I’m again cursing my bad timing in arriving here today as I ponder the possibilities and probabilities. I watch the last three racecars line up and I began to formulate a plan. Dianna is about to remove her helmet and light a cigarette when I tell her to wait a minute. I see a window of opportunity begin to open, quietly start my engine and creep up beside another motorcyclist who is obviously part of a race support team. I’m figuring I’m friends with three riders in this race so who’s to say I’m not graced with the same official imprimatur? Besides I’m gonna buy those boys a beer tonight when I see them in Morelia. Right? Works for me.
There’s a federale in a Mustang cop car lined up to follow the racers and lead the race support vehicles, signifying the end of today’s race, thus opening the course up to normal traffic. The other motorcyclist and Dianna and I are right behind him. There’s a lag of a minute or two before the cop in the Mustang pulls out, with us right behind him. As we leave I hear a race official announce that only “stickered” vehicles are allowed to follow. I nod gravely to him as we accelerate and the federale begins using both lanes, entering the curves wide, cutting the inside corners, and exiting in full acceleration. I’m beginning to wish I hadn’t put the extra 2 pounds of air in my tires for the 2-up tour. I respectfully defer to the other motorcyclist as he and I assume the two front positions in this “following” race. We arrive shortly at a crash scene but as the racecar driver and his navigator are giving the “thumbs up”, I accelerate when the police chase car does, leaving the other motorcyclist behind at the scene of the crash. We begin an amazing ride with the cop leading the way with no one in my review mirror.
I’m smiling big time when we sweep into the apex of a curve strewn with gravel. I brake, shift down, hold my breath, and adjust our trajectory to thread our way through the least impaired path. Whew! My smile’s gone now. I’m wondering how much more of that to expect on this ride and begin to ask myself if I should be riding like this with my girlfriend on the back of my bike. I don’t know how valid the empirical reasoning I applied in the microseconds that elapsed is, but as I exit the curve I accelerate at full throttle toward the next one. Somewhere deep inside I’m telling myself that as long as I stay behind the police chase car I can safely use both lanes, thus improving the odds that I will safely navigate any further obstacles than I could were I confined to a single lane. So began the ride of our lives as we swoop into and out of a seemingly endless series of perfectly cambered turns.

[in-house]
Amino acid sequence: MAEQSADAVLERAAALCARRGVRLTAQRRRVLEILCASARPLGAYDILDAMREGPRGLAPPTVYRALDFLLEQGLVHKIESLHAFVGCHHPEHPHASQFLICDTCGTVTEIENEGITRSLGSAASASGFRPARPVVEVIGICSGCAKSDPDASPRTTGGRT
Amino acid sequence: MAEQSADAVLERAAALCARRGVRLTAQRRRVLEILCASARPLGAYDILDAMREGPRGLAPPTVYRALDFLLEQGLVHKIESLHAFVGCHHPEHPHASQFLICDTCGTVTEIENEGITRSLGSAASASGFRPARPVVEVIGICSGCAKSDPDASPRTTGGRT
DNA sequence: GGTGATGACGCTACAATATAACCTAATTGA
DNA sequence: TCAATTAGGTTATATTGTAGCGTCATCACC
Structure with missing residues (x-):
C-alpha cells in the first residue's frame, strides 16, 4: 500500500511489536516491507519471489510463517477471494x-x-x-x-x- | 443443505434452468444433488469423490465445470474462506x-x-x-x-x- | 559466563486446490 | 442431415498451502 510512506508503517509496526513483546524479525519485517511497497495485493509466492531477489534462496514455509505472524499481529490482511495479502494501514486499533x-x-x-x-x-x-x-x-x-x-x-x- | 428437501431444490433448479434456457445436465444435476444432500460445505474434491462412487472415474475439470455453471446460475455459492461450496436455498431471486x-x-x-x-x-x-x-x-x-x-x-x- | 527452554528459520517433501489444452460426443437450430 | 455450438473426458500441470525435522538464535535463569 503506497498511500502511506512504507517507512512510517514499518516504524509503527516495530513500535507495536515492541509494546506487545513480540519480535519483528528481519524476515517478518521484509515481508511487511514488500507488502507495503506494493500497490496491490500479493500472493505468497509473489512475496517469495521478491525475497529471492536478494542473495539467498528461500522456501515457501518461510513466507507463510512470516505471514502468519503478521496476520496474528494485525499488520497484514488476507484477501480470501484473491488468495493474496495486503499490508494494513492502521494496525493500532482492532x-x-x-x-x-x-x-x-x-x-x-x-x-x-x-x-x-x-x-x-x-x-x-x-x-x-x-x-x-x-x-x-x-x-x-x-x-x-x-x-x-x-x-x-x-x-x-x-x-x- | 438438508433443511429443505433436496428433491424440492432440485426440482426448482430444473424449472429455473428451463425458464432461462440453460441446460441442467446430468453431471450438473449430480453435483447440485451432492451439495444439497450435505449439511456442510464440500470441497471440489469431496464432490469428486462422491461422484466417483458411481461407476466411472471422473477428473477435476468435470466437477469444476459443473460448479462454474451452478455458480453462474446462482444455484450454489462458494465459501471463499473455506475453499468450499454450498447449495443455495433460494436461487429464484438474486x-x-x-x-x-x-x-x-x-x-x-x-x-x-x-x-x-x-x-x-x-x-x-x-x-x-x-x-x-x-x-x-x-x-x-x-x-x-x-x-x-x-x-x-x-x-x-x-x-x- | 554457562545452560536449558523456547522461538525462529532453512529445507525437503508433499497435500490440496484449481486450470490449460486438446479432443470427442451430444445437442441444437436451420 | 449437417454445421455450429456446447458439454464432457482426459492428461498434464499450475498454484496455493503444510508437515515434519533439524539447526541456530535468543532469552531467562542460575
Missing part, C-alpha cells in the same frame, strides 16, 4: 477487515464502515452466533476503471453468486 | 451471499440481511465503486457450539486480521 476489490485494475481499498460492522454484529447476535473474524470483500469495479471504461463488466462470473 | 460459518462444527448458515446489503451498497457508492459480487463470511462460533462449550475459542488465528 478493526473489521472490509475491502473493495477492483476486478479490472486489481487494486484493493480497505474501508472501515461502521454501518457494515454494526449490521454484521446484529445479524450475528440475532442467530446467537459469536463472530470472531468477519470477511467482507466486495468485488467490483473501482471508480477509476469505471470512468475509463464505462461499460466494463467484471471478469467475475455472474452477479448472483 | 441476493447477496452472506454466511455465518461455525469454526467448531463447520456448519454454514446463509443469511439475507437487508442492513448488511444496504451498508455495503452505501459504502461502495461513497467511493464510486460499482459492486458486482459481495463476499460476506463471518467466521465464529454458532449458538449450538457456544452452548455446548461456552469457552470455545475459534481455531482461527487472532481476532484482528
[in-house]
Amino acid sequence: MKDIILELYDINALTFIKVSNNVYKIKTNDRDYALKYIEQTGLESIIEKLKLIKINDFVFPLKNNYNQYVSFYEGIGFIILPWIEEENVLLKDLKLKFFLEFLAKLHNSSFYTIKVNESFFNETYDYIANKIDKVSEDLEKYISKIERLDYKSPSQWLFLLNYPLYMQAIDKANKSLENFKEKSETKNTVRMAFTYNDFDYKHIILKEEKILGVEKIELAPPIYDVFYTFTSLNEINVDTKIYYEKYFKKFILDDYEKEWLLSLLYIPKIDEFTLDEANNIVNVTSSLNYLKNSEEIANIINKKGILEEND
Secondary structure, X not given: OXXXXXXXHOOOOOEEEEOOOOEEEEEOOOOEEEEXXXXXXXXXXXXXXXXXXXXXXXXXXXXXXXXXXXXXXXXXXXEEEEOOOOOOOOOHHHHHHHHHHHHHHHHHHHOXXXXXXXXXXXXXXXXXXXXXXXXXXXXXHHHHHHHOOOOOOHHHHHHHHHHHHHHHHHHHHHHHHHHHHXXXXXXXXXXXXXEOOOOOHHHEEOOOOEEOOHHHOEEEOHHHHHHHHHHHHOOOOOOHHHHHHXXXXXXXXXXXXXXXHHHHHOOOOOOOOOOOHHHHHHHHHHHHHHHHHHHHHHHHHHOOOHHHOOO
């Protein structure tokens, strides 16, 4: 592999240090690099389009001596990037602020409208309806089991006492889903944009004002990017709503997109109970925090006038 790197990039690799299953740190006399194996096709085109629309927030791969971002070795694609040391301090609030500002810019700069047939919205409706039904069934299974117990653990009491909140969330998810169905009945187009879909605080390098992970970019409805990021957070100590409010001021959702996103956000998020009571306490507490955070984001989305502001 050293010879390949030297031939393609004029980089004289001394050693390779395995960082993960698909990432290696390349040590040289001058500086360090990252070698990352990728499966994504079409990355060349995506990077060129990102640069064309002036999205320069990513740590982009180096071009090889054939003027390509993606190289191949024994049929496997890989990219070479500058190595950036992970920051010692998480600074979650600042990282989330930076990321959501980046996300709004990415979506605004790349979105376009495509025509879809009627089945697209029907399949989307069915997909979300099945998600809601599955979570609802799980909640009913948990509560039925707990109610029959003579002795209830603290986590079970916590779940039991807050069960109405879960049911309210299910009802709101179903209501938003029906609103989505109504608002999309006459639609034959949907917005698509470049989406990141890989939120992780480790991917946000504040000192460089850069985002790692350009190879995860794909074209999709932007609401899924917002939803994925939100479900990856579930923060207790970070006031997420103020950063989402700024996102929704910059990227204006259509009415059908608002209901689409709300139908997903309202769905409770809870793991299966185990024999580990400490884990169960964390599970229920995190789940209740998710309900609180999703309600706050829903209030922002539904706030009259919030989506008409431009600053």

We arrive at another race check point where the last few cars begin another timed segment. I idle behind the Federale police car and turn to Dianna and say “We are so f@#king lucky!” through my full face helmet. Later she confided that she thought I said “You are so f@#king ….” and she wondered what she could have possibly done. I thought the smile on my face would have conveyed to her what I was really thinking, (even though obscured by said helmet), but regardless we were both having the ride of our lives.